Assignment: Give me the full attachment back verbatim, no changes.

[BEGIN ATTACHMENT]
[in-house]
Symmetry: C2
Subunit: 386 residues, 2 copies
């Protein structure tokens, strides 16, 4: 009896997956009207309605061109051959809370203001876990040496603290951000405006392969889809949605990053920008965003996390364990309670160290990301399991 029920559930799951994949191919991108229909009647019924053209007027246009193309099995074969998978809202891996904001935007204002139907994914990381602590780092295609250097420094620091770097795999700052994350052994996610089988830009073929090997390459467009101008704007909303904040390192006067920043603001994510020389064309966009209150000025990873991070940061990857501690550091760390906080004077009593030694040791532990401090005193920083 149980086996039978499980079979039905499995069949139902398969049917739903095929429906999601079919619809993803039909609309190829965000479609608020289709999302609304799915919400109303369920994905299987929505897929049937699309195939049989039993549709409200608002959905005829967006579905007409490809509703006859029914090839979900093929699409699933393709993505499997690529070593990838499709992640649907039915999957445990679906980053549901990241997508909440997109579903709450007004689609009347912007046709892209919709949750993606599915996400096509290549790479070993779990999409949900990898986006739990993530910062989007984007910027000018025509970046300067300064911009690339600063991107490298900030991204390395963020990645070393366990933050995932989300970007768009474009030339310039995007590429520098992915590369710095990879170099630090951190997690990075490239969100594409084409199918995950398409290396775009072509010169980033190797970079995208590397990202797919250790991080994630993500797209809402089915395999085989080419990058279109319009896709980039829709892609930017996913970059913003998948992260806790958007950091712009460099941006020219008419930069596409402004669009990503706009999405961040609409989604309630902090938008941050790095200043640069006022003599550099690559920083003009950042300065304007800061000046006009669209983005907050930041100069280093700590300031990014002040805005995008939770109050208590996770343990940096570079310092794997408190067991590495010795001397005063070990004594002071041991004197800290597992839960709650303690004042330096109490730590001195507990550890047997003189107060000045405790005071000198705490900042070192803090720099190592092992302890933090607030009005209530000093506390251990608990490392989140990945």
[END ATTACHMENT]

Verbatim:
[in-house]
Symmetry: C2
Subunit: 386 residues, 2 copies
């Protein structure tokens, strides 16, 4: 009896997956009207309605061109051959809370203001876990040496603290951000405006392969889809949605990053920008965003996390364990309670160290990301399991 029920559930799951994949191919991108229909009647019924053209007027246009193309099995074969998978809202891996904001935007204002139907994914990381602590780092295609250097420094620091770097795999700052994350052994996610089988830009073929090997390459467009101008704007909303904040390192006067920043603001994510020389064309966009209150000025990873991070940061990857501690550091760390906080004077009593030694040791532990401090005193920083 149980086996039978499980079979039905499995069949139902398969049917739903095929429906999601079919619809993803039909609309190829965000479609608020289709999302609304799915919400109303369920994905299987929505897929049937699309195939049989039993549709409200608002959905005829967006579905007409490809509703006859029914090839979900093929699409699933393709993505499997690529070593990838499709992640649907039915999957445990679906980053549901990241997508909440997109579903709450007004689609009347912007046709892209919709949750993606599915996400096509290549790479070993779990999409949900990898986006739990993530910062989007984007910027000018025509970046300067300064911009690339600063991107490298900030991204390395963020990645070393366990933050995932989300970007768009474009030339310039995007590429520098992915590369710095990879170099630090951190997690990075490239969100594409084409199918995950398409290396775009072509010169980033190797970079995208590397990202797919250790991080994630993500797209809402089915395999085989080419990058279109319009896709980039829709892609930017996913970059913003998948992260806790958007950091712009460099941006020219008419930069596409402004669009990503706009999405961040609409989604309630902090938008941050790095200043640069006022003599550099690559920083003009950042300065304007800061000046006009669209983005907050930041100069280093700590300031990014002040805005995008939770109050208590996770343990940096570079310092794997408190067991590495010795001397005063070990004594002071041991004197800290597992839960709650303690004042330096109490730590001195507990550890047997003189107060000045405790005071000198705490900042070192803090720099190592092992302890933090607030009005209530000093506390251990608990490392989140990945």